- Guest stars: There have been hundreds of guest stars on "The Simpsons." Popular Irish rock band U2 was one of them. Several U.S. presidents were, too, although none have voiced themselves. Former British Prime Minister Tony Blair played himself, though.
- The theme song: It's so catchy! It was composed by Danny Elfman, who was in an '80s band called Oingo Boingo and is best known for scoring multiple movies by director Tim Burton.
- "The Simpsons" did it already: There have been so many Simpsons episodes covering such a massive swath of American pop culture and satirical topics that virtually any story idea or gag seemingly has been done on the show. Other shows have done entire episodes making fun of the fact that "The Simpsons" has done everything.
- Catchphrases: D'oh! Hey hey! Ay, ay, ay! No es bueno! Eeeeeeexcellent. Worst. Episode. Ever. Meh. Characters on "The Simpsons" are known for catchy catchphrases. And if you're thinking of making an ironic comment about how "The Simpsons" uses lots of catchphrases, "The Simpsons" did it already.
- Predicting the future: There are some weird coincidences that, in retrospect, make it seem like "The Simpsons" was eerily accurate at predicting future events. But there's something of a Nostradamus effect happening — it's easy to interpret a wacky element of a Simpsons episode in a way that makes it fit a real-world event. "The Simpsons" also did not predict Donald Trump running for U.S. president. A clip showing him announcing his candidacy was created after the actual announcement, although it's often associated with an incorrect airdate. "The Simpsons" did make a joke back in 2000 about a future Trump presidency bankrupting the country, and Bart's blackboard gag saying "'the president did it' is not an excuse" in 1998 was a reference to Bill Clinton, as much as it may seem to fit current events.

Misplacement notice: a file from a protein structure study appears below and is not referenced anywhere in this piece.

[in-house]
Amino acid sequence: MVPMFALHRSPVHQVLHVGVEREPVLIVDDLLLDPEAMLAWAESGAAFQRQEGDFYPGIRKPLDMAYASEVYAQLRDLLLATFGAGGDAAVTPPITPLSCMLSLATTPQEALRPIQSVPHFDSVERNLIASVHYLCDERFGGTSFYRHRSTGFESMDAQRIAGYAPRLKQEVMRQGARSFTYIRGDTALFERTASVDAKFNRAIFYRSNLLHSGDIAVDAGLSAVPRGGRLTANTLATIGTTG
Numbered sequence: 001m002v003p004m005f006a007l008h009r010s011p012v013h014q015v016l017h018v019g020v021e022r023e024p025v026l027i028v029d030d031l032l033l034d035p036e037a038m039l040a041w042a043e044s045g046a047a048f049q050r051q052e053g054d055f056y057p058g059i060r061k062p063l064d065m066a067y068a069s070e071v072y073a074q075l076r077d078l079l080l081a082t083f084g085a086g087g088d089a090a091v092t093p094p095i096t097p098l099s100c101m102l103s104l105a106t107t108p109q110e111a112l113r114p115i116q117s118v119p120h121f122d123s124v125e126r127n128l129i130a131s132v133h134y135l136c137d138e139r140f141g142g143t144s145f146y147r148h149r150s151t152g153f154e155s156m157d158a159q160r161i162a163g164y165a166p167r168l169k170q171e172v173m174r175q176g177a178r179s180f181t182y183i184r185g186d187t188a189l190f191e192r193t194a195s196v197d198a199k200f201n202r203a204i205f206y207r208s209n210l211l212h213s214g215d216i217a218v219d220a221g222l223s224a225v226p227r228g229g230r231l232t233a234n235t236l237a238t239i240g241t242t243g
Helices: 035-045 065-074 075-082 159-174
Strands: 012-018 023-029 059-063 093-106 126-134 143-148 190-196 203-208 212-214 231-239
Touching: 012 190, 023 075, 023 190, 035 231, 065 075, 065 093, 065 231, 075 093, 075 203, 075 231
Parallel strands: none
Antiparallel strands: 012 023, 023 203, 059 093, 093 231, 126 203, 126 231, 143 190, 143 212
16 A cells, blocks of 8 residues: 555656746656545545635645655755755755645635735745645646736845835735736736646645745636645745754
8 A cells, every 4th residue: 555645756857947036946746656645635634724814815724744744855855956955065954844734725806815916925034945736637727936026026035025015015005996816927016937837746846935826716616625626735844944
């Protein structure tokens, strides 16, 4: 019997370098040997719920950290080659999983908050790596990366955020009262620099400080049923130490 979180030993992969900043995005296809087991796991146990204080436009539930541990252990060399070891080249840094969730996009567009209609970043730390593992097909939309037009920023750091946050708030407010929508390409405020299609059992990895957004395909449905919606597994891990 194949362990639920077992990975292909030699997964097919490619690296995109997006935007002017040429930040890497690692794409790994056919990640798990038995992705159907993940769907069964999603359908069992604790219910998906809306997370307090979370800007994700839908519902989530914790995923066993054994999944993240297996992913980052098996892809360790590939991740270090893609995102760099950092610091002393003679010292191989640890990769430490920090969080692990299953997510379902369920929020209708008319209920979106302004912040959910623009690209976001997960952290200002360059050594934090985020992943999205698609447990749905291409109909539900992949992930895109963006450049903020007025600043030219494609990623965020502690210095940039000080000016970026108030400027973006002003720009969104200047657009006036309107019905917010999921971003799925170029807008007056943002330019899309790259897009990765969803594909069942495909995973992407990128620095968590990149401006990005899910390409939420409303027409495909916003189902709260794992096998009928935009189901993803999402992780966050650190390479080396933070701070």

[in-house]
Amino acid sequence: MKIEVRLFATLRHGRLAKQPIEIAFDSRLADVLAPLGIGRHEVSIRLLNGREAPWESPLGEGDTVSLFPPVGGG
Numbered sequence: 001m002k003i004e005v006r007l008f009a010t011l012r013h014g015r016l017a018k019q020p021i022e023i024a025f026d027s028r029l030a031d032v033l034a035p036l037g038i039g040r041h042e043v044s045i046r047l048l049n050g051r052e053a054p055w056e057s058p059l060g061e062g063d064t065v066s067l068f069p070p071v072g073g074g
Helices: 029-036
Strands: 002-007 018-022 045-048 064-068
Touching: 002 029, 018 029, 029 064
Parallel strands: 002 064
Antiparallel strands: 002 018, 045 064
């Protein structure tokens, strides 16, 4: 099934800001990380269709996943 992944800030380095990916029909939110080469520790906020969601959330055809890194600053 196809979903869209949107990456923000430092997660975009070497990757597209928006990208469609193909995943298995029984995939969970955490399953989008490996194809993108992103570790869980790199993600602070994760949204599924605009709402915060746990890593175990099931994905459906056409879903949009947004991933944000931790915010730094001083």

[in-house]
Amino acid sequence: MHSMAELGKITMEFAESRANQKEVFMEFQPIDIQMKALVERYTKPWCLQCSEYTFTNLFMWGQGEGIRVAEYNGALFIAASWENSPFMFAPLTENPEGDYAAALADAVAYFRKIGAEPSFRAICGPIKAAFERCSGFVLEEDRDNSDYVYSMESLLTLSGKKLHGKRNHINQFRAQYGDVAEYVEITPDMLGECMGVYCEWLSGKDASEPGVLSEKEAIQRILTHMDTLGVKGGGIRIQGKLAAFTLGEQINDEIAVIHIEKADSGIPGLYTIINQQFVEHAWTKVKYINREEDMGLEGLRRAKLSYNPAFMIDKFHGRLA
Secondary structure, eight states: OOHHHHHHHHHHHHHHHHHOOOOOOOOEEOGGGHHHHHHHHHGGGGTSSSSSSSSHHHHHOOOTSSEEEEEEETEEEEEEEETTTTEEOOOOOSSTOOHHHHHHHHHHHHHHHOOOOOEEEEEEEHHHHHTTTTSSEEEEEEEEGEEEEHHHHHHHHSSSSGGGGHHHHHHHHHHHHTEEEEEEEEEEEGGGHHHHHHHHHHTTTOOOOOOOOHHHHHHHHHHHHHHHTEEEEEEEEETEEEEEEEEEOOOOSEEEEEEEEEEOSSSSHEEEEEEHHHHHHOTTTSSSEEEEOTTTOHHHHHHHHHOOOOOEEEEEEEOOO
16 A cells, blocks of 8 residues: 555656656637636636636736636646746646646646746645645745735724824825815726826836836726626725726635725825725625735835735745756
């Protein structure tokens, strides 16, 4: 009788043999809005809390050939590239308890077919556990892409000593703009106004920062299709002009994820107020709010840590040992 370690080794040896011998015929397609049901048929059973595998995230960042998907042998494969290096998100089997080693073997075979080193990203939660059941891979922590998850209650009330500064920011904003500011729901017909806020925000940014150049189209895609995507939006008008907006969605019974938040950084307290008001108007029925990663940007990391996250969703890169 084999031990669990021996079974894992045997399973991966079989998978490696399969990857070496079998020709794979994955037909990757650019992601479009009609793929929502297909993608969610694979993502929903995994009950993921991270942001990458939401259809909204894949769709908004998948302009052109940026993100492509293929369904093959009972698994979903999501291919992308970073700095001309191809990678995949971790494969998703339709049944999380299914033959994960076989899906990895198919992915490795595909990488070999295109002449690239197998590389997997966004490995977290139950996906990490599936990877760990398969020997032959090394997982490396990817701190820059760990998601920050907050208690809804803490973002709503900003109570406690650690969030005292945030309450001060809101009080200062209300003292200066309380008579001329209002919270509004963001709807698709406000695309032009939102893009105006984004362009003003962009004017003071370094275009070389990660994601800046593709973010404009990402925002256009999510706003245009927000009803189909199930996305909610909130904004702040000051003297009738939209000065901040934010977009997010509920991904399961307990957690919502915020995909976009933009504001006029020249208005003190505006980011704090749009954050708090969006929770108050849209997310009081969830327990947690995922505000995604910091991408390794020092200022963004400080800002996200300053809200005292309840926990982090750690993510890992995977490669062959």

In the next section, we'll take a look at the vast cultural impact of "The Simpsons," and give all our readers free doughnuts.
The Success of 'The Simpsons'
Note: Due to a technical error, all the doughnuts have been replaced with scorpions. Please enjoy your free scorpions.
"The Simpsons" is so popular it literally has changed the world. The worldwide audience for a Simpsons episode is in the tens of millions — while it's popular in English-speaking countries, it's been translated into German, Japanese, Spanish, Italian, Arabic and many other languages. These translations can require significant alterations to the stories and characters because so many of "The Simpsons" themes and jokes are specific to American culture. But a surprising amount of the show's appeal transcends language and cultural barriers. Homer is a hilarious doofus in any language, and the show's focus on a strong, loving family (even if they're pretty flawed) wins over viewers in every culture. The words "d'oh" and "meh" have even been added to English-language dictionaries.